It is almost time to use traps or sticky bands to protect your trees from spotted lanternflies. Get ready now so you can trap lots of spotted lanternflies safely. “Most summer-time insect pests are coming out in full swing, including the Spotted Lanternfly,” said Kyle T. Schutt, Insect Management Technician for the Schuylkill Conservation District. “Make sure to stay on the lookout as I have seen them hatching heavily over the last week.”
The Spotted Lanternfly (SLF) is an invasive insect that feeds on grapevines and trees. There are a variety of options for SLF management, but one way to kill a lot of SLF without using insecticides is to trap them. The immature lanternflies (called nymphs) are often blown out of the canopy of the trees where they are feeding. Nymphs then walk to the trunk of trees and climb back up to start feeding again. We can take advantage of this predictable behavior of the nymphs by using traps to catch them as they climb up trees.
Many people in SLF infested areas have been using sticky bands wrapped around trees to capture nymphs. While this method can successfully capture many SLF nymphs it can also unfortunately occasionally capture birds and other creatures. If you are planning to use sticky bands this year, you should build a raised guard of wire or screening around the band to prevent other creatures from getting stuck on them. Penn State Extension has a short video that shows how to properly use sticky bands.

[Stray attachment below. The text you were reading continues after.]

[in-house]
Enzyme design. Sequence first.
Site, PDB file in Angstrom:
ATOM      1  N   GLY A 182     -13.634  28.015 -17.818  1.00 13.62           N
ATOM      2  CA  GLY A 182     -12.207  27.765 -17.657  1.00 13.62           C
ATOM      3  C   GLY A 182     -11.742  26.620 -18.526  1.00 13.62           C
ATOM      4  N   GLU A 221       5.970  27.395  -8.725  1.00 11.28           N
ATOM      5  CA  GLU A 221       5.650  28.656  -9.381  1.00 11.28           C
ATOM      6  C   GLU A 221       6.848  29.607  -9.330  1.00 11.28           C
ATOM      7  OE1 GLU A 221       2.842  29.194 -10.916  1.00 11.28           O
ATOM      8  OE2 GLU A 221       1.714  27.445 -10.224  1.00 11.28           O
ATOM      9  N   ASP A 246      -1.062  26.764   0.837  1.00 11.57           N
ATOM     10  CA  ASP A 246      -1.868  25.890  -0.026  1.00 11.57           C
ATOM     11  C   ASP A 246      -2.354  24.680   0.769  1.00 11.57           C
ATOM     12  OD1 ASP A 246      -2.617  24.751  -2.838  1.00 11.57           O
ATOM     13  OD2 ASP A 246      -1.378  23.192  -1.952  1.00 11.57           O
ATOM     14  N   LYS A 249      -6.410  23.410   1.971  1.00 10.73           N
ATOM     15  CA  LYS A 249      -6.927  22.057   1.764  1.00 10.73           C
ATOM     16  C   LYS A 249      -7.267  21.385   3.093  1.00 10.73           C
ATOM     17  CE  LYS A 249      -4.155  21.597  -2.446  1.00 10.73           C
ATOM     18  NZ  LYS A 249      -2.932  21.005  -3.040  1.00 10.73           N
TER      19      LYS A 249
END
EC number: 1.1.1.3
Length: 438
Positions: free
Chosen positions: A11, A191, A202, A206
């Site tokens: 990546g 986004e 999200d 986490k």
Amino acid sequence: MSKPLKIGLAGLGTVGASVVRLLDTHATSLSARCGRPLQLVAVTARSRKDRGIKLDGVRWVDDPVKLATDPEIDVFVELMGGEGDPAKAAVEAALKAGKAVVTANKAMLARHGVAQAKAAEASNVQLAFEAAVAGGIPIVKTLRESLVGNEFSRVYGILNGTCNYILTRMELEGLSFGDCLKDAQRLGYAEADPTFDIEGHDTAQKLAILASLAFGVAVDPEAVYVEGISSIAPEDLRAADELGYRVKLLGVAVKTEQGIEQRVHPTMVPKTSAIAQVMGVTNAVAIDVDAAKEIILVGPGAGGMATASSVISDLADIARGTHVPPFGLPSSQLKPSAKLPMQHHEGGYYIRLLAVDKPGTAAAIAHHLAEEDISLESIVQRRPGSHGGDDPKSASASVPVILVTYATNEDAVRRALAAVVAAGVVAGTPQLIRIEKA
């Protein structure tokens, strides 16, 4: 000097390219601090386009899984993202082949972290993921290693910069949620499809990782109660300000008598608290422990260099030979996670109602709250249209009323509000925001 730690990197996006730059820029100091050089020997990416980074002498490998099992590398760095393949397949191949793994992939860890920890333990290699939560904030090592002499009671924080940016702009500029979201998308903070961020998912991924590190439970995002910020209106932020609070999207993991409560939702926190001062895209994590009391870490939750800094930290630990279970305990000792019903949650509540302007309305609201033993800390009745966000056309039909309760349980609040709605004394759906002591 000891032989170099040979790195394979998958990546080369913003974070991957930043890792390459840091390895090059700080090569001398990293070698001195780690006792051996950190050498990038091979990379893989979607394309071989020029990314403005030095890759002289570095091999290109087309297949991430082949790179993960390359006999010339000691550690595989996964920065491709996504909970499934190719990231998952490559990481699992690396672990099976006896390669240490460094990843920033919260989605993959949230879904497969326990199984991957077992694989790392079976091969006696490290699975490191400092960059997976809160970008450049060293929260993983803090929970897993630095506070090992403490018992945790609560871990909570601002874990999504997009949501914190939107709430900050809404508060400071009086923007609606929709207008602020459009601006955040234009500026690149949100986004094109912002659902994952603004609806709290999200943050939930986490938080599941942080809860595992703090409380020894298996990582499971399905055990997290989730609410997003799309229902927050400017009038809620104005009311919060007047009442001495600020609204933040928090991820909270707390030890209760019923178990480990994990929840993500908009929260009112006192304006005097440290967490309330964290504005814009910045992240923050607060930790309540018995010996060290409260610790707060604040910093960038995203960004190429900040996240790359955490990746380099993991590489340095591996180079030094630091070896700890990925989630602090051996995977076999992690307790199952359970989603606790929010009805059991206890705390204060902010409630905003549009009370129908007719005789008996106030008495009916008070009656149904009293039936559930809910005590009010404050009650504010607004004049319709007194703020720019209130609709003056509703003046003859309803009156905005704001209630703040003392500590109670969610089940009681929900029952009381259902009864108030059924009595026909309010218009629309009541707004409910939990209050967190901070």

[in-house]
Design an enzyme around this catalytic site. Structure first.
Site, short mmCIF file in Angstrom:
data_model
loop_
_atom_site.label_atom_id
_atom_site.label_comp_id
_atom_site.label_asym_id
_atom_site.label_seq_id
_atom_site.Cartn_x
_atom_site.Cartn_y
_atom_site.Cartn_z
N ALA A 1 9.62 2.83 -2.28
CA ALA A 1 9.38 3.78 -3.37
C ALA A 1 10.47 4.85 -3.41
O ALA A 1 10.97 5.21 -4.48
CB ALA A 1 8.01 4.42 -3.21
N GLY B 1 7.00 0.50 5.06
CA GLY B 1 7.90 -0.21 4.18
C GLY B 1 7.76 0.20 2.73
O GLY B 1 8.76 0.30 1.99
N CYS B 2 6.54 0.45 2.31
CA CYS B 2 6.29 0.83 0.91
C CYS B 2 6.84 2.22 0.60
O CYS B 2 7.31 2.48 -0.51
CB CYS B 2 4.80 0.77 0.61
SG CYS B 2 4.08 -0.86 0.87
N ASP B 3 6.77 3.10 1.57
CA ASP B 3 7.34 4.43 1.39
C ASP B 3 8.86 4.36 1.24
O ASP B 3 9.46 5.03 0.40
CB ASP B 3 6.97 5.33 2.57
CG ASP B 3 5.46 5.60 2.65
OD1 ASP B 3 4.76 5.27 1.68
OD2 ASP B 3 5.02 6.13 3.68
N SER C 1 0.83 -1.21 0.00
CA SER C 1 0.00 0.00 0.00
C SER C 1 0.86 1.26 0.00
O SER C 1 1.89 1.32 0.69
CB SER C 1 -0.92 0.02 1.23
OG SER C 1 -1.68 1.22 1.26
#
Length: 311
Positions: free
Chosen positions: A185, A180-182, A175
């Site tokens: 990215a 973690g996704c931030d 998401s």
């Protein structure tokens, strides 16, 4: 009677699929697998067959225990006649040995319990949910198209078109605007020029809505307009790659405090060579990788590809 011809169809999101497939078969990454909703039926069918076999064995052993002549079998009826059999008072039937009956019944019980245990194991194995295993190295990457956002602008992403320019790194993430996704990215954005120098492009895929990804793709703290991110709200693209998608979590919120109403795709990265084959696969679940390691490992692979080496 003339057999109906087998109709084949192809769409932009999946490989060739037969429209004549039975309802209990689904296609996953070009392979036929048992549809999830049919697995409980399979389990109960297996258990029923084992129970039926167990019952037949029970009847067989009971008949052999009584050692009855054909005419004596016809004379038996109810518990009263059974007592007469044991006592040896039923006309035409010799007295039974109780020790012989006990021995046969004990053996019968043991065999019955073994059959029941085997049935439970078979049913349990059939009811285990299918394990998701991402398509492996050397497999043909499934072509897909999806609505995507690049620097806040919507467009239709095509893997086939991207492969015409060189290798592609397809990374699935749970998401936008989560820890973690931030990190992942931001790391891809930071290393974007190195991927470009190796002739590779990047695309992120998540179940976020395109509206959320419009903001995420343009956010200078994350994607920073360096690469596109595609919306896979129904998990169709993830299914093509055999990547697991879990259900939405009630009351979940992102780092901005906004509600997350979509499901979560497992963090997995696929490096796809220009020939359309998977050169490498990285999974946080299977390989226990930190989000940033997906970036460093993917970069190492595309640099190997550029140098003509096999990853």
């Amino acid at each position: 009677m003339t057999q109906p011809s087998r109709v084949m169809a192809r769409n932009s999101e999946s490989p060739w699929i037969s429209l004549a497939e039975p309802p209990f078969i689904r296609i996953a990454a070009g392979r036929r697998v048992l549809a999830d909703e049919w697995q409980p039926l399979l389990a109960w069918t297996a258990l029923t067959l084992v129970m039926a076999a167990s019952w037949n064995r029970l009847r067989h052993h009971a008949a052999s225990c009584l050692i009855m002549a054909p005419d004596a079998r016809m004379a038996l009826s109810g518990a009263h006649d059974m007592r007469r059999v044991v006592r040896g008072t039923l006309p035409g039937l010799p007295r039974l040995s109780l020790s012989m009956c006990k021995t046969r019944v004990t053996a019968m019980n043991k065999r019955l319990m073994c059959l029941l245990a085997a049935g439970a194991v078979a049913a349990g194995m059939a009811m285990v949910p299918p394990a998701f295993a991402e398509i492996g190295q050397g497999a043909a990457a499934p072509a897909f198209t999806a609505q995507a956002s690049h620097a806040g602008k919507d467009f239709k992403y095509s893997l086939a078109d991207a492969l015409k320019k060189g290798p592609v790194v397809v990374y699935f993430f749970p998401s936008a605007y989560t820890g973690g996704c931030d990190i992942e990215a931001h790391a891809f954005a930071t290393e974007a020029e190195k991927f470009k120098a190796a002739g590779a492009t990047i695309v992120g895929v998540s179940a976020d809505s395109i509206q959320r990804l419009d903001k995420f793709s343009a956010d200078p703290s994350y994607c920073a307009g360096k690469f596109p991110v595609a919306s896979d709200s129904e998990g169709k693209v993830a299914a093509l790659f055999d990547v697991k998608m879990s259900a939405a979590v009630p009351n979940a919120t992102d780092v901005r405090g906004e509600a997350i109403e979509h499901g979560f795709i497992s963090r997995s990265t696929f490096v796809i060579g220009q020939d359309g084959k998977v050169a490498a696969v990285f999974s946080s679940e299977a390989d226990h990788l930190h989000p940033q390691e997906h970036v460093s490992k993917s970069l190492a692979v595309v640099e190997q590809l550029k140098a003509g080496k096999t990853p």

Recent research has shown that an entirely different kind of type of trap is also very effective and can dramatically reduce the chances of capturing other creatures. This new style trap is made of plastic-coated insect screening and does not use any sticky material at all. It is basically a tunnel that SLFs walk into. When they move upward in the trap, they end up in a dead-end collection container where they die. Currently, you can purchase this type of trap made specifically for SLF from one commercial source. Some people have been modifying similar commercially available traps designed for other insects to catch SLF. Other people have been making their own SLF traps from scratch.
Here is how to build your own trap! Click here: https://extension.psu.edu/how-to-build-a-new-type-of-spotted-lanternfly-trap-called-a-circle-trap?j=538865&sfmc_sub=66198090&l=159_HTML&u=10841595&mid=7234940&jb=56&utm_medium=email&utm_source=MarketingCloud&utm_campaign=SLF-2020-MAY-21-GN-EM-Spotted-Lanternfly-News&utm_content=SLF-2020-MAY-21-GN-EM-Spotted-Lanternfly-News&subscriberkey=0030W00003lVEhJQAW
NATURE NUGGET: June is National Rose Month. Each rose color offers a distinct meaning: red, the lover’s rose, signifies enduring passion; white, humility and innocence; yellow, expressing friendship and joy; pink, gratitude, appreciation and admiration; orange, enthusiasm and desire; white lilac and purple roses represent enchantment and love at first sight. The rose is also the state flower for North Dakota, Georgia, Oklahoma, New York and Iowa. The White House Rose Garden was started in 1913 by First Lady Ellen Wilson. Presidents still use the White House Rose Garden as the location for bill signings, press conferences, and diplomatic meetings. It’s believed that George Washington was one of the first American rose breeders.
“Porcupine Pat” McKinney is environmental education coordinator for the Schuylkill Conservation District and provides programming for people of all ages with an emphasis on schools, public programming and nature center development. “Porcupine Pat” hails from Marion, Ohio and has a BS with Distinction in Natural Resources – Environmental Interpretation from Ohio State. He is a recipient of the prestigious Sandy Cochran Award for Excellence in Natural Resources Education from the PA Forestry Association, the Schuylkill Pride Award, and the PAEE “Outstanding Environmental Educator Award.”